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Harley Clarke Mansion placed on state list of ‘endangered’ sites

The+Harley+Clarke+Mansion+was+placed+on+a+list+of+endangered+historic+sites+in+Illinois.+City+officials+have+said+they+will+not+make+any+decisions+about+the+mansion%E2%80%99s+future+in+2016.
The Harley Clarke Mansion was placed on a list of endangered historic sites in Illinois. City officials have said they will not make any decisions about the mansion’s future in 2016.

The Harley Clarke Mansion was placed on a list of endangered historic sites in Illinois. City officials have said they will not make any decisions about the mansion’s future in 2016.

Daily file photo by Daniel Tian

Daily file photo by Daniel Tian

The Harley Clarke Mansion was placed on a list of endangered historic sites in Illinois. City officials have said they will not make any decisions about the mansion’s future in 2016.

Nora Shelly, Assistant City Editor

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The Harley Clarke Mansion was put on a list of “endangered” historic sites in the state, Landmark Illinois, a nonprofit which works to protect historic sites, announced Wednesday.

The mansion, located at 2603 Sheridan Road, is city owned and housed the Evanston Arts Center until May of last year. Evanston officials have been looking for new uses for the property since 2011 after property maintenance costs became too high. The mansion was placed on the list along with 10 other sites by the nonprofit.

City Council last discussed the future of the building in October 2015, when aldermen debated the possibilities of keeping, selling or demolishing the mansion. Council tabled discussion on the issue after alderman raised concerns over funding uncertainties due to the state budget impasse.

City officials have no current plans for the property other than basic upkeep, said Marty Lyons, the city’s chief financial officer. Although aldermen have deferred discussion on the issue until there is a state budget in place, Lyons said the issue may come up in the fall as aldermen decide next year’s city budget.

“There’s nothing planned for 2016,” Lyons said. “Other than keeping (the mansion) safe and secure.”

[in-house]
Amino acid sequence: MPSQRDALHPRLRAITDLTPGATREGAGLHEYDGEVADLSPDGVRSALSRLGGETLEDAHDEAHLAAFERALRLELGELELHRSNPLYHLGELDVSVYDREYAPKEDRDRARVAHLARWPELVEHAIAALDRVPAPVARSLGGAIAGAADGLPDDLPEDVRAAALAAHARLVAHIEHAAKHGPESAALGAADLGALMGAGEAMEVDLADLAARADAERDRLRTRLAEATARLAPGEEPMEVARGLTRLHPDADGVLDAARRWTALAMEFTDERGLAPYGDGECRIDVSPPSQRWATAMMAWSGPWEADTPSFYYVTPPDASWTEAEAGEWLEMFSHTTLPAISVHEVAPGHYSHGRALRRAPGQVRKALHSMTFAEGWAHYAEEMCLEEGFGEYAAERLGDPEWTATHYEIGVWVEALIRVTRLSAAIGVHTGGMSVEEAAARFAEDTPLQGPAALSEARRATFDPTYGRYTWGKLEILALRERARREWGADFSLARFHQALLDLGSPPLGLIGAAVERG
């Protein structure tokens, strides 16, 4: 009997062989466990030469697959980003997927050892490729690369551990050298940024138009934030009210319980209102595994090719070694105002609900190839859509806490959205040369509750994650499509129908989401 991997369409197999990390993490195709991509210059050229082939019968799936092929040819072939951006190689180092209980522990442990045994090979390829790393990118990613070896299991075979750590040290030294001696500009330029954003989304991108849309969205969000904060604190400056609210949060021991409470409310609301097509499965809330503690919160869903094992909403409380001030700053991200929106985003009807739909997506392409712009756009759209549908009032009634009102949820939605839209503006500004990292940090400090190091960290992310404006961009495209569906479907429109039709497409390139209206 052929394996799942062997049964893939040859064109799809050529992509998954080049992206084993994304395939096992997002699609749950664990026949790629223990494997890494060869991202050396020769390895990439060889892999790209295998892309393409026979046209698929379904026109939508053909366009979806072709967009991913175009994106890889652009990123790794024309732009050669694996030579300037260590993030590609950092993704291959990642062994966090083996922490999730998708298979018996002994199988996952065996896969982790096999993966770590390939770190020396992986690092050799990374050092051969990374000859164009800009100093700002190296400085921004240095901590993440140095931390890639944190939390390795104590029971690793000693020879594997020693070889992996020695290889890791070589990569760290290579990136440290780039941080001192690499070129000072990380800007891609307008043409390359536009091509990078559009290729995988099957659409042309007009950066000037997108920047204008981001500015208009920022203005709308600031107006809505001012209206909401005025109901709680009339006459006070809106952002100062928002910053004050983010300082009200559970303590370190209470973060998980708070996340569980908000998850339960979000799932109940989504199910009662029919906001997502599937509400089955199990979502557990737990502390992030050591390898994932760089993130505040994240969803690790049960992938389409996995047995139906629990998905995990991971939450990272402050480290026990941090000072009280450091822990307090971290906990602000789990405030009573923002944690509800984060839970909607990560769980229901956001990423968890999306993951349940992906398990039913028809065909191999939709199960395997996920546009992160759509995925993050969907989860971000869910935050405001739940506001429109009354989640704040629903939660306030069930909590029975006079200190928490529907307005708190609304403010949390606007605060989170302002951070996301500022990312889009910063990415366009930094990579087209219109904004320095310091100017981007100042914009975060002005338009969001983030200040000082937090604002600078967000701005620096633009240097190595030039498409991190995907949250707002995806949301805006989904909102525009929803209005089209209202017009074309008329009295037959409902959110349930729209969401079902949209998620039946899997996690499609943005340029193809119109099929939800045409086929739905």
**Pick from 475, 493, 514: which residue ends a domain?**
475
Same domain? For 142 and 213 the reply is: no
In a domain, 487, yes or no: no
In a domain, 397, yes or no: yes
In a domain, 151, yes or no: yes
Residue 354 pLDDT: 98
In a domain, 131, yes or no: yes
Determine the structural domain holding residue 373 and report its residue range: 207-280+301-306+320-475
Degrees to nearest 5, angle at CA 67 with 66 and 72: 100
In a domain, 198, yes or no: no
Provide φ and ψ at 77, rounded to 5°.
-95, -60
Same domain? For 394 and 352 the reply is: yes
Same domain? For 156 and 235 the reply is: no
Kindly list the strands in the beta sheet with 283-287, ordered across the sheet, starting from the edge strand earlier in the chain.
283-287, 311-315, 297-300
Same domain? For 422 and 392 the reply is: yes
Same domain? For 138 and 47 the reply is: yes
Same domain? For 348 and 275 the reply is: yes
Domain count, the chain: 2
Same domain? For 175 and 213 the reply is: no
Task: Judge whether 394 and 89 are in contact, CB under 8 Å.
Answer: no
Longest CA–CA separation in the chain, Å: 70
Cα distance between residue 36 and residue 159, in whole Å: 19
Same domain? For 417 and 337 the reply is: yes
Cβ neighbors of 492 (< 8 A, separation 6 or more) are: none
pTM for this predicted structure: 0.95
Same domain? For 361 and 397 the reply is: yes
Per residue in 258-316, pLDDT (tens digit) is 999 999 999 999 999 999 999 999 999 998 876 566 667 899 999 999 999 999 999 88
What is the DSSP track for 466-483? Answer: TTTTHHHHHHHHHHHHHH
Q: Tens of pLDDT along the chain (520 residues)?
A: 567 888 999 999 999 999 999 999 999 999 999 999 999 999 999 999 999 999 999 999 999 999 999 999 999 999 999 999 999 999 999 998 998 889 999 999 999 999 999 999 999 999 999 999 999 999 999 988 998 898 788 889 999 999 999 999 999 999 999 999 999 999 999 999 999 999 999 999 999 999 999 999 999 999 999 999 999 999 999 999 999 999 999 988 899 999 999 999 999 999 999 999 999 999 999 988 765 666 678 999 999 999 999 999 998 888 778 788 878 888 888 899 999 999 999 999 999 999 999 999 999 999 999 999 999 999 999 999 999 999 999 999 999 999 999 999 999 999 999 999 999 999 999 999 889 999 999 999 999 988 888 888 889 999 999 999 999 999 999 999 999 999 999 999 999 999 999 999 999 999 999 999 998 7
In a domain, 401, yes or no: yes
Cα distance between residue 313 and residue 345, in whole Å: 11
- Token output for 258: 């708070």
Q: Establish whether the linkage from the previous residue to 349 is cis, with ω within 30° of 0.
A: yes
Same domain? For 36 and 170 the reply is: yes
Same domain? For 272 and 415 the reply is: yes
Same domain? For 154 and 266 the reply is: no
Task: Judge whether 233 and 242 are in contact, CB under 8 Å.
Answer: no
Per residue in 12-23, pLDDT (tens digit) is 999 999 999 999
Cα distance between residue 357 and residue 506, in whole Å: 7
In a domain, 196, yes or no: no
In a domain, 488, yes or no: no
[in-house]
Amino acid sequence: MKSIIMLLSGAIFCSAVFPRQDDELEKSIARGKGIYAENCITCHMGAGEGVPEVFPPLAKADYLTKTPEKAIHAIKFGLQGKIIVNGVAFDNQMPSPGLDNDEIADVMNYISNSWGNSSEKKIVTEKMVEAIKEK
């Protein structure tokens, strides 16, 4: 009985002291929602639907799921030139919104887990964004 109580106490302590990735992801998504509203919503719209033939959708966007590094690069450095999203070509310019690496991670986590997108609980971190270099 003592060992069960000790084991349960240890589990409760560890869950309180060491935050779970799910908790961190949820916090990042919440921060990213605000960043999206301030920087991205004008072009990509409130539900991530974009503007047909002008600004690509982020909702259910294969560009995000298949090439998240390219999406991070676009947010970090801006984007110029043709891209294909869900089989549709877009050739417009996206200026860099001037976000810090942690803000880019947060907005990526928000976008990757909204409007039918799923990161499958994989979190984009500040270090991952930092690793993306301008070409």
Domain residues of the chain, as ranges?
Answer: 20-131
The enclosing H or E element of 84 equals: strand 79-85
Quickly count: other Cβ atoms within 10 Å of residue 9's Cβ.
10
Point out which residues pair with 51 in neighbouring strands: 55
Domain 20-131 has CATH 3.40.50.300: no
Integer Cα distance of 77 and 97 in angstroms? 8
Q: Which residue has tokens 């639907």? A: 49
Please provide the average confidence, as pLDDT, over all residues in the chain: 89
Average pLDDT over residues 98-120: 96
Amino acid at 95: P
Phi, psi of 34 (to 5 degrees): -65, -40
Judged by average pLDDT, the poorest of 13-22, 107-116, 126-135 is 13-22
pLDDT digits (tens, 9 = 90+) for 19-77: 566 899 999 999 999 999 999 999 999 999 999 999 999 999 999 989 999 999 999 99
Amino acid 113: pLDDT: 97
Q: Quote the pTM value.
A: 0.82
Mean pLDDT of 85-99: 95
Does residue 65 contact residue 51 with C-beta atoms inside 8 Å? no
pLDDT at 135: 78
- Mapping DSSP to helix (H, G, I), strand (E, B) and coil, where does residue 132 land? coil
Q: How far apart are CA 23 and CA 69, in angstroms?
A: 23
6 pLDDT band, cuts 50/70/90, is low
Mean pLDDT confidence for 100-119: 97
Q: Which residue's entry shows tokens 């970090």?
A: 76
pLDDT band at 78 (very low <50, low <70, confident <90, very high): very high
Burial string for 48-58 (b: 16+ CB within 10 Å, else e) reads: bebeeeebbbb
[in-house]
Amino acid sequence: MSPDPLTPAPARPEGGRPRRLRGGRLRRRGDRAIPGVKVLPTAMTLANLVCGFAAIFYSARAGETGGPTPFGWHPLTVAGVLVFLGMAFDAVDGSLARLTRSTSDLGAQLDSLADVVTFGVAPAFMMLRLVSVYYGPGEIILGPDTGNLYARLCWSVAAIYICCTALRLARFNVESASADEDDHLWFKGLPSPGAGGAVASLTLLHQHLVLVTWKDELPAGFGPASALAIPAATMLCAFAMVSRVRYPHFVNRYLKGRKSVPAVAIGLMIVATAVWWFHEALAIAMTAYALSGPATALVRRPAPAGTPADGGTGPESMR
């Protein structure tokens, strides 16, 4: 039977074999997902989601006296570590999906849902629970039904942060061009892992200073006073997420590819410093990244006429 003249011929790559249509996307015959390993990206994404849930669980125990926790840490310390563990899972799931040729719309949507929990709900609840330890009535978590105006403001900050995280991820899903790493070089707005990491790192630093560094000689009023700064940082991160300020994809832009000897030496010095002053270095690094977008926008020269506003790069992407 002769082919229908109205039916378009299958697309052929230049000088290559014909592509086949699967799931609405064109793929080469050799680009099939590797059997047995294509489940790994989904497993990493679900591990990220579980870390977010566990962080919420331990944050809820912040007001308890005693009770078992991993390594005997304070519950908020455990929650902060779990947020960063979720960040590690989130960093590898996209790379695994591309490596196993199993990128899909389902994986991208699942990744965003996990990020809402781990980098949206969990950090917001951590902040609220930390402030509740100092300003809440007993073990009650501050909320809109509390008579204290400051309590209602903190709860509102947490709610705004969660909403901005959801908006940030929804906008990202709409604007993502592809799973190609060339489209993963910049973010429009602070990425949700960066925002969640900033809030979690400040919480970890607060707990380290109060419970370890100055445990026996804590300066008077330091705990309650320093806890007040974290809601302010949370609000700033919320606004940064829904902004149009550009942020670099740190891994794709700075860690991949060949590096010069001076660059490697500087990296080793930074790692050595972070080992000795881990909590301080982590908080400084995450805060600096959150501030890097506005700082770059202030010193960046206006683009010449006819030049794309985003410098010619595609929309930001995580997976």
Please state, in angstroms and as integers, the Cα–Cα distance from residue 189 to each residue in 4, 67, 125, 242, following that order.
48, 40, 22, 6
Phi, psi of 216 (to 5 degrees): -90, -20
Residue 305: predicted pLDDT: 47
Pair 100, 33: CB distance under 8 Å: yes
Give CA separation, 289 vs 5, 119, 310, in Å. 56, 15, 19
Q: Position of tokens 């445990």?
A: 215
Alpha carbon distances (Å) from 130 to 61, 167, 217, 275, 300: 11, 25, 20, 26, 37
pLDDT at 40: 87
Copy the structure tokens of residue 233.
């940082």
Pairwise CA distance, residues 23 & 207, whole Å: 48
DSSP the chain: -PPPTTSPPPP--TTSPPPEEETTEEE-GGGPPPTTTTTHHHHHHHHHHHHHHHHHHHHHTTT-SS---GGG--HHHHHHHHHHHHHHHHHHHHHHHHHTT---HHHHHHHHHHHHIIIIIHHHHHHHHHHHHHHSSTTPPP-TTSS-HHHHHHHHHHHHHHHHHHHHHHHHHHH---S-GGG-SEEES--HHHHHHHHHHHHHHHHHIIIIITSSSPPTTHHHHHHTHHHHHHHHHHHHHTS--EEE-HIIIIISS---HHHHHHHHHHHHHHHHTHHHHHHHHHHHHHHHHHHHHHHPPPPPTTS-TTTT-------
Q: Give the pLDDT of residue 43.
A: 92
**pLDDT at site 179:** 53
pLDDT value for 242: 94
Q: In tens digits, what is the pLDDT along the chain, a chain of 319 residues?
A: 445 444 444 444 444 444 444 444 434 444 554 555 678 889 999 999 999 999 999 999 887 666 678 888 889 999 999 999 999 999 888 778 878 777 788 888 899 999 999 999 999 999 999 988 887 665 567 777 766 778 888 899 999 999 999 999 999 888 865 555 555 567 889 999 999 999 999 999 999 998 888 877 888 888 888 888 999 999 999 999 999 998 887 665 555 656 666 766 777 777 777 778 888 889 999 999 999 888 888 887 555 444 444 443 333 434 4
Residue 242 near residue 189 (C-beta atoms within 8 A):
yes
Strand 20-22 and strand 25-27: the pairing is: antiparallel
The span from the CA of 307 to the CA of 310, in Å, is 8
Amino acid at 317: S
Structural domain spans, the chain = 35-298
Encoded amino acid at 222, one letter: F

Despite the issue’s tabled status, Lyons said there is still a possibility that a nonprofit, corporation or private business comes forward with plans to buy and renovate the property, in which case the council would revisit the mansion’s future.

Landmarks Illinois compiled the list of endangered sites in order to bring attention to the issues affecting them, said the group’s president Bonnie McDonald. Most of the sites on the list were similarly owned by municipalities.

“We don’t want to create a list to just create a list,” she said. “We want to be able to do something about it.”

McDonald, who is based in Chicago and said she has attended community meetings regarding Harley Clarke, said many of the sites on the list were similarly affected by the state budget impasse, and she hoped the listing of Harley Clarke and the other sites would lead to movement on the issue.

Although city officials have tried to find other ways for the city to use the building and accepted requests from nonprofit and for-profit corporations, the possibility the mansion would be demolished still remains, said Steve Hagerty, who is the chair of the the Harley Clarke Citizens Committee, which was convened early last year to review options for the mansion’s future.

“The fact of the matter is the community has to decide what to do with Harley Clarke,” he said. “The question is: What should we do about this mansion — this beautiful old mansion on the lake.”

The possibility of a partnership between the city and a nonprofit is one option, Ald. Eleanor Revelle (7th) said.

Revelle said she wanted to keep the mansion standing but that any business plan for a city or privately-owned building would need to be able to be financially sustainable in order for the building to be maintained.

As for demolition, she said, “It’s my least-preferred option.”

Email: norashelly2019@u.northwestern.edu
Twitter: @noracshelly

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